4 It also reflects differences in structure (for example, whether pension funds and insurance companies are well developed). Indebtedness of the other sectors also shows considerable cross-country heterogeneity. In the case of the household sector, some of the heterogeneity reflects differences in the importance of pension saving, which boosts household assets. In countries such as the Netherlands, high pension saving is accompanied by households borrowing more in order to purchase housing. 1. Figure 1. Financial liabilities have risen Total OECD area financial liabilities, non-consolidated debt , per cent of GDP.
5 % of GDP. 1600 1600. Non-financial corporate Government Households Financial 1400 1400. 1200 1200. 1000 1000. 800 800. 600 600. 400 400. 200 200. 0 0. 1970 1975 1980 1985 1990 1995 2000 2005 2010. Source: OECD, National Accounts. Figure 2. debt as a share of GDP varies across countries and sectors Gross financial liabilities (less financial derivatives and shares), non-consolidated, per cent of GDP, 2010. % of GDP % of GDP. 350 350 1 750 1 750. Non-financial corporte sector Financial sector Luxembourg 3780. 300 300 1 550. 1 500. 1 350. 250 250 1 250.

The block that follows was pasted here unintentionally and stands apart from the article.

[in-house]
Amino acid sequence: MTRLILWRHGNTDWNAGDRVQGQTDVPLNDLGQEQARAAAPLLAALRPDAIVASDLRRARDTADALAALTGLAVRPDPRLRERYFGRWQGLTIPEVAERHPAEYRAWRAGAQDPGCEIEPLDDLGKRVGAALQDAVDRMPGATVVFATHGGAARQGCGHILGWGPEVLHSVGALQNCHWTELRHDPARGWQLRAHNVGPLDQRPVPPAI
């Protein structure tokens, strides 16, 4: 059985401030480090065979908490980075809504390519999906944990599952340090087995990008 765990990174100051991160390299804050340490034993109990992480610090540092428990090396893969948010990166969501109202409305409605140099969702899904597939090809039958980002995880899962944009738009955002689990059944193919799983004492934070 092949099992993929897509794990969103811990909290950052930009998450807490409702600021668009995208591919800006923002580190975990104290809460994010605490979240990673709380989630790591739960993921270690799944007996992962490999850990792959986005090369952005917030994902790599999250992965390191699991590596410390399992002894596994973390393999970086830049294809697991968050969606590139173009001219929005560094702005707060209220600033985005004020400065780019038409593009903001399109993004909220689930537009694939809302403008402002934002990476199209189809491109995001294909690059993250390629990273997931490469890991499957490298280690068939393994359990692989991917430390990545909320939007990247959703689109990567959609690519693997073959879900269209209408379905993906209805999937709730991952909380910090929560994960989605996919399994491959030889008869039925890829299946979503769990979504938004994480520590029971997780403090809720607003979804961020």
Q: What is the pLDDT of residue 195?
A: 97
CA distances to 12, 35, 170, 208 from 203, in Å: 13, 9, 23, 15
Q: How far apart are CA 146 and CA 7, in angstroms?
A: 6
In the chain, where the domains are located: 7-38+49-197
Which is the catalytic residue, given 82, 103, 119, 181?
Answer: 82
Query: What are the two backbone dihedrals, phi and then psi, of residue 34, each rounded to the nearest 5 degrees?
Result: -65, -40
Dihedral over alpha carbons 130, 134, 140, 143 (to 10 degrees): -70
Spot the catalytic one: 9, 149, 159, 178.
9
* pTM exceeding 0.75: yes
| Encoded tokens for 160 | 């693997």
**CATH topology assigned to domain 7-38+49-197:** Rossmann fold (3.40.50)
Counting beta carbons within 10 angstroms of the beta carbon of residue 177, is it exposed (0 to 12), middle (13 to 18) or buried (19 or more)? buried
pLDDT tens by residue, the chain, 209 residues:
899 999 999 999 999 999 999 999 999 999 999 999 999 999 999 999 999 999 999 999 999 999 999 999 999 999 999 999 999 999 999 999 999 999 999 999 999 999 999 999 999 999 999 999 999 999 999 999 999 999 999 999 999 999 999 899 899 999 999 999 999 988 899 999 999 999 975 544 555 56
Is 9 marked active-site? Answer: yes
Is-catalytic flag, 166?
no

6 1 150 Different scale 200 200 1 000. 950. 150 150 750 750. 550. 100 100 500. 350. 50 50 250. 150. 0 0 - 50 0. ISR. ITA. FIN. DEU. DNK. GRC. AUS. SVK. CAN. CZE. USA. NLD. SVN. FRA. JPN. HUN. IRL. POL. GBR. AUT. CHL. KOR. NOR. EST. BEL. ESP. PRT. LUX. SWE. TUR. ISR. FIN. ITA. SVK. CZE. EST. HUN. SVN. CHL. FRA. LUX. POL. NOR. GRC. AUS. USA. CAN. AUT. ESP. DEU. PRT. SWE. KOR. BEL. JPN. DNK. NLD. IRL. GBR. % of GDP % of GDP. 350 350. 350 350. Government sector Household sector 300 300 300 300. 250 250 250 250. 200 200 200 200. 150 150 150 150. 100 100 100 100.